Bubble Wrap

I mentioned in yesterday’s post that we will be home for Christmas this year.  I didn’t mention why.  We’re moving.  It’s not the kind of move that makes my Nomadic heart sing, but it’s a move none-the-less.  We are moving to a quieter place not far away from where we are now.

I have moved many times in my adult life.  My moving truisms:  1)  move often, 2) take little, and 3) start packing early.  1 and 2 are intricately related.

Toward this end, I start cleaning out excess stuff and packing what we want to keep even though we are several weeks away from our move.  It’s a busy time of year at work and at home, so the earlier I get started, the less stressed I’ll be.

This means pulling out the empty boxes from our last move along with the bubble wrap and paper packing material, and packing away the decorative things that make us feel at home.  I start with the photos displayed on our walls, mostly by photographers far more talented that I.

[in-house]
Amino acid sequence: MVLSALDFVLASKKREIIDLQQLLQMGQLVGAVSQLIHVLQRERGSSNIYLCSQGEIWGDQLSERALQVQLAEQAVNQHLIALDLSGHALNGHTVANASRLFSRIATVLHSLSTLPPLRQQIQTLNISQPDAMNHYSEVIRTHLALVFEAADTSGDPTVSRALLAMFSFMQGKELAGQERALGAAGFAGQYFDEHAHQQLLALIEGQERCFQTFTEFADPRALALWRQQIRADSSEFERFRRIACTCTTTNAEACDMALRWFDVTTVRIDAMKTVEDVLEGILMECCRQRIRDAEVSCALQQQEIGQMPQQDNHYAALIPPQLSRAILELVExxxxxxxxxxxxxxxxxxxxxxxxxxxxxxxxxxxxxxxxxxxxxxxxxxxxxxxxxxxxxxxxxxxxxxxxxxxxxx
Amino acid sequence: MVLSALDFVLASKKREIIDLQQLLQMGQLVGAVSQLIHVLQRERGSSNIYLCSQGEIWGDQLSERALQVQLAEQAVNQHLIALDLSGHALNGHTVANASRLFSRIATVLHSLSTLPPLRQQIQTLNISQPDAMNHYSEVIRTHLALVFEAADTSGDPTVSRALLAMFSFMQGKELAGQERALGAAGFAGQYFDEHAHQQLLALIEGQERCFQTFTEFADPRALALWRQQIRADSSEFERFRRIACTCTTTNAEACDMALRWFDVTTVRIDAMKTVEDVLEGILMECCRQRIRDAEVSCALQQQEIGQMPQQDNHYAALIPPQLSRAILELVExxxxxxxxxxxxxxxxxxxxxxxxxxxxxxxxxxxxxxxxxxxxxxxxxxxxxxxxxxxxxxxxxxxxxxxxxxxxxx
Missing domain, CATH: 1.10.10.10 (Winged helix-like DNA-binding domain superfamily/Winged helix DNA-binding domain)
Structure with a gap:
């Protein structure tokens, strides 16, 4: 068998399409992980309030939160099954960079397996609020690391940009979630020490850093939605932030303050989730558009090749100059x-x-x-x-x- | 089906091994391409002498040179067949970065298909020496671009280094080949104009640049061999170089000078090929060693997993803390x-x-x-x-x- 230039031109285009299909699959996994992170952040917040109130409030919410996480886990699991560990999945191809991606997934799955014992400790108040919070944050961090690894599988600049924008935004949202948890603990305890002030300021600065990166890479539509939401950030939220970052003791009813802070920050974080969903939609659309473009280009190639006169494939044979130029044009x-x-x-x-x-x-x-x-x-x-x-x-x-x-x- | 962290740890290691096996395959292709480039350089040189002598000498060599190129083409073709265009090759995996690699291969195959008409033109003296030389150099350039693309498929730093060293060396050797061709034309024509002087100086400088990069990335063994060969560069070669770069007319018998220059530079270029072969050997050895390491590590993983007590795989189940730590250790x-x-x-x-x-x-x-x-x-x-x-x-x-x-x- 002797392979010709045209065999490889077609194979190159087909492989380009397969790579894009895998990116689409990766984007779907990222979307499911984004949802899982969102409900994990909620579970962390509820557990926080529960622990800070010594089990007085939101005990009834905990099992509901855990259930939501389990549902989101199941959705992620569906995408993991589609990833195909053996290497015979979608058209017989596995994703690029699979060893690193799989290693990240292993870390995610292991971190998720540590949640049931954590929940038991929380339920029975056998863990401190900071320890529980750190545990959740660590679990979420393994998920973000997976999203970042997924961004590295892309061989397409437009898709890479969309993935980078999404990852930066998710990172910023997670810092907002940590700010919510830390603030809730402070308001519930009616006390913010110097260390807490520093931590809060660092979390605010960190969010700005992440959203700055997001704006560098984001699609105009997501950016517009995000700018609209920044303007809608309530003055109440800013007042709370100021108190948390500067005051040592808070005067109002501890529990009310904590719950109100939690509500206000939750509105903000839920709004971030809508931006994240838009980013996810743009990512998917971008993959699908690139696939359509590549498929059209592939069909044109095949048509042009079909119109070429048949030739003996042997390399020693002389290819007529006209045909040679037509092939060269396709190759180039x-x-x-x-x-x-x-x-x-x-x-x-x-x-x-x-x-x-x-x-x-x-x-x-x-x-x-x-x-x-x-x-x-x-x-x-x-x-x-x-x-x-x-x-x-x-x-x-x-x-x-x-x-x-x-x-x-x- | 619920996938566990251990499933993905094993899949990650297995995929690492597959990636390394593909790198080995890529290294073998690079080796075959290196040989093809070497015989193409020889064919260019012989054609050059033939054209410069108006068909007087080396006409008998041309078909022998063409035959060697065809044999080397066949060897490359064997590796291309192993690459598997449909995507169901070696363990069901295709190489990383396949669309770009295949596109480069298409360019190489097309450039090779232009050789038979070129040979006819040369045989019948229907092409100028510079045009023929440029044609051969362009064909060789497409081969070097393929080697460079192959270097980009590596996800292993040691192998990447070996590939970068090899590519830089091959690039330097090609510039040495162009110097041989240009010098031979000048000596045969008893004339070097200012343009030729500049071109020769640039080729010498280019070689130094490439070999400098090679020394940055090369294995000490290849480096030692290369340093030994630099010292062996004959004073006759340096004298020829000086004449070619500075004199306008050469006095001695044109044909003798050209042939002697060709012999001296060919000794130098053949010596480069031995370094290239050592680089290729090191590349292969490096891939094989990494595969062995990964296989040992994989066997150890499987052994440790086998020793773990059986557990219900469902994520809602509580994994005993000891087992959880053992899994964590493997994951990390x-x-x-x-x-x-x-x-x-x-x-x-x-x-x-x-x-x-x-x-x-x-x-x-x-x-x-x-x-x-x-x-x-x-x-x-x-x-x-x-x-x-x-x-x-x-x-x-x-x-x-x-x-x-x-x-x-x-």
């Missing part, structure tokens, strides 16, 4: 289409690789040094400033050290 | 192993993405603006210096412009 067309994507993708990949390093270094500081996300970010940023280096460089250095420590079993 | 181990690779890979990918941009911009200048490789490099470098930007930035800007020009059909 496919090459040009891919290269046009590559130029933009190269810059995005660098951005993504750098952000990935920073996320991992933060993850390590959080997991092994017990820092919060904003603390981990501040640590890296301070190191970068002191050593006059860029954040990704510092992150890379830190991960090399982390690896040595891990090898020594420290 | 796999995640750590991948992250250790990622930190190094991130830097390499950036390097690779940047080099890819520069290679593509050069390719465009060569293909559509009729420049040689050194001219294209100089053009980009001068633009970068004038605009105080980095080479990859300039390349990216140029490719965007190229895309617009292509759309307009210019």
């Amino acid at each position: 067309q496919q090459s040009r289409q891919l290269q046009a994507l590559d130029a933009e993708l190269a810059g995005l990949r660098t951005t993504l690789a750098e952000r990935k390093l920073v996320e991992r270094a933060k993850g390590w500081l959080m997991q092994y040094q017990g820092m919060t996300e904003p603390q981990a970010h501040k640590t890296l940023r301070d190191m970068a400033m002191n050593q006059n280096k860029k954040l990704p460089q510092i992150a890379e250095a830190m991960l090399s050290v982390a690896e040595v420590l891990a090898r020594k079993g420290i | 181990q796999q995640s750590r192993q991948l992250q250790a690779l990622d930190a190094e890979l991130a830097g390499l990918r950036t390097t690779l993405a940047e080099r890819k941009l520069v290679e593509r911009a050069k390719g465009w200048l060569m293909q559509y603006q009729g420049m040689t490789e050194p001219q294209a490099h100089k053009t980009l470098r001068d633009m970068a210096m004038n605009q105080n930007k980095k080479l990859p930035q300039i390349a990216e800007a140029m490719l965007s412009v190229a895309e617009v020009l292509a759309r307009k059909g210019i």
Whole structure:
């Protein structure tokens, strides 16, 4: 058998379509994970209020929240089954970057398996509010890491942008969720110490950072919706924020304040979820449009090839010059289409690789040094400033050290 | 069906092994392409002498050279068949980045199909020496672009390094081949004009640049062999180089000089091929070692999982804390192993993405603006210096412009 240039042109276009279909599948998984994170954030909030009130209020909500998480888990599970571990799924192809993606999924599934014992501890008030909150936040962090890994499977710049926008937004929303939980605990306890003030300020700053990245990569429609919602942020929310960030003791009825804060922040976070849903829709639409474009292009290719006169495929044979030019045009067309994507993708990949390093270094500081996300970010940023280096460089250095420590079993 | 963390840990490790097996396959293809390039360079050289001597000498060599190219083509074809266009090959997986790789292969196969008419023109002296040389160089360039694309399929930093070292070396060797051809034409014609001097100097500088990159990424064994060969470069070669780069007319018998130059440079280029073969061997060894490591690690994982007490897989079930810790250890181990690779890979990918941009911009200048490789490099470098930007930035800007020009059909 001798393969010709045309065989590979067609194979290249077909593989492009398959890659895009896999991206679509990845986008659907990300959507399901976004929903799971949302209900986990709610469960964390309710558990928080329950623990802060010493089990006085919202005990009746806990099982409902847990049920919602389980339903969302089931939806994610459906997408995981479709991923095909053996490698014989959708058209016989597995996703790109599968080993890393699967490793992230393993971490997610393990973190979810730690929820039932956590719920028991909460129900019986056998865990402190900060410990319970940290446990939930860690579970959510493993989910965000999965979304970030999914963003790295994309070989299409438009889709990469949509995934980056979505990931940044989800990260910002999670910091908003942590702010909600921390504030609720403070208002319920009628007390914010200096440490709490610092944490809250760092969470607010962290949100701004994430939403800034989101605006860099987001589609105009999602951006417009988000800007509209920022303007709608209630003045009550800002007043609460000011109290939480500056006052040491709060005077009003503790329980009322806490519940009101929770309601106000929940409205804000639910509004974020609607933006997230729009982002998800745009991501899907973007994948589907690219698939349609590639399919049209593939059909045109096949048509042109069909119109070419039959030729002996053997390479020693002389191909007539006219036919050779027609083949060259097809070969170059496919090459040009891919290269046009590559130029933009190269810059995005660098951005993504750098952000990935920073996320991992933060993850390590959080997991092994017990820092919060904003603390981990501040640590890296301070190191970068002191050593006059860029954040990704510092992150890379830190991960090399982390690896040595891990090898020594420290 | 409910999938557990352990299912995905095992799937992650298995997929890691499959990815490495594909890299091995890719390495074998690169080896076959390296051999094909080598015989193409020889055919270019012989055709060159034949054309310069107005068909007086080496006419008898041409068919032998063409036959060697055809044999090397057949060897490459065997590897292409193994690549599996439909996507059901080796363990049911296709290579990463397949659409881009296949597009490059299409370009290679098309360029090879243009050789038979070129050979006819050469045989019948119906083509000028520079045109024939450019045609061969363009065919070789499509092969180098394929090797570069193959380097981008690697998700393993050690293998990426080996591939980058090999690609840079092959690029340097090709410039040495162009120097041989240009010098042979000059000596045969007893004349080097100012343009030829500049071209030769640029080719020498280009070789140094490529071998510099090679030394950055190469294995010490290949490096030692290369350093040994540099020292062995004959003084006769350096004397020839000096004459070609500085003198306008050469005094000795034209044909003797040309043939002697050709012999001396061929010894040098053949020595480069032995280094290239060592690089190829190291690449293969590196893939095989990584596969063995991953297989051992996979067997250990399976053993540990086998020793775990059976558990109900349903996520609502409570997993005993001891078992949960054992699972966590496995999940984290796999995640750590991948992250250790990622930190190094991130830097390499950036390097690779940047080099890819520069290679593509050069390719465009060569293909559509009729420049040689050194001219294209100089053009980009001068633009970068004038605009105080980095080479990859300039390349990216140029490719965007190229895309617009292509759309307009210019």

It takes yards of bubble wrap to safely package the photos framed under glass.  I wrap each one lovingly, remembering the photographers whose works I display on my walls.

I am tempted to pop the bubbles in some of the wrap.  It’s hard to resist the popping noise bubble wrap makes when you jump on it.  But, it doesn’t make for good protection once it’s been popped.

When I’ve packed the photos and most of the non-essentials in the bedroom, there is still a stack of bubble wrap left on the floor, perfectly sized for wrapping glasses.  It’s too soon to pack glassware, something we most definitely use every day.

I hold a piece of bubble wrap up in the early afternoon light streaming through the windows and get an idea.  What if I were to shoot the view through the bubble wrap?

I imagine reflections of the city skyline in the bubbles like those commonly seen in water droplets.   Then, I imagine a distortion that makes the city look like it’s inside a snow globe.  I can’t wait to give it a try.

I tape a single square of bubble wrap to the window then press my lens close to the glass next to the bubble wrap and focus on the skyline in the distance.  I move my lens so I’m shooting through the bubble wrap and search for an image that might look like something.

Alas, there is so much distortion, most of the focus is lost.  There are no reflections in the air inside the bubbles like there would be in a water droplet.  The plastic creates flare, like when shooting into the sun, but it doesn’t really create a globe effect.

While I’m not fond of the resulting images (I like the macro shots of the bubble wrap better), at least I found a way to play with bubble wrap without destroying it.

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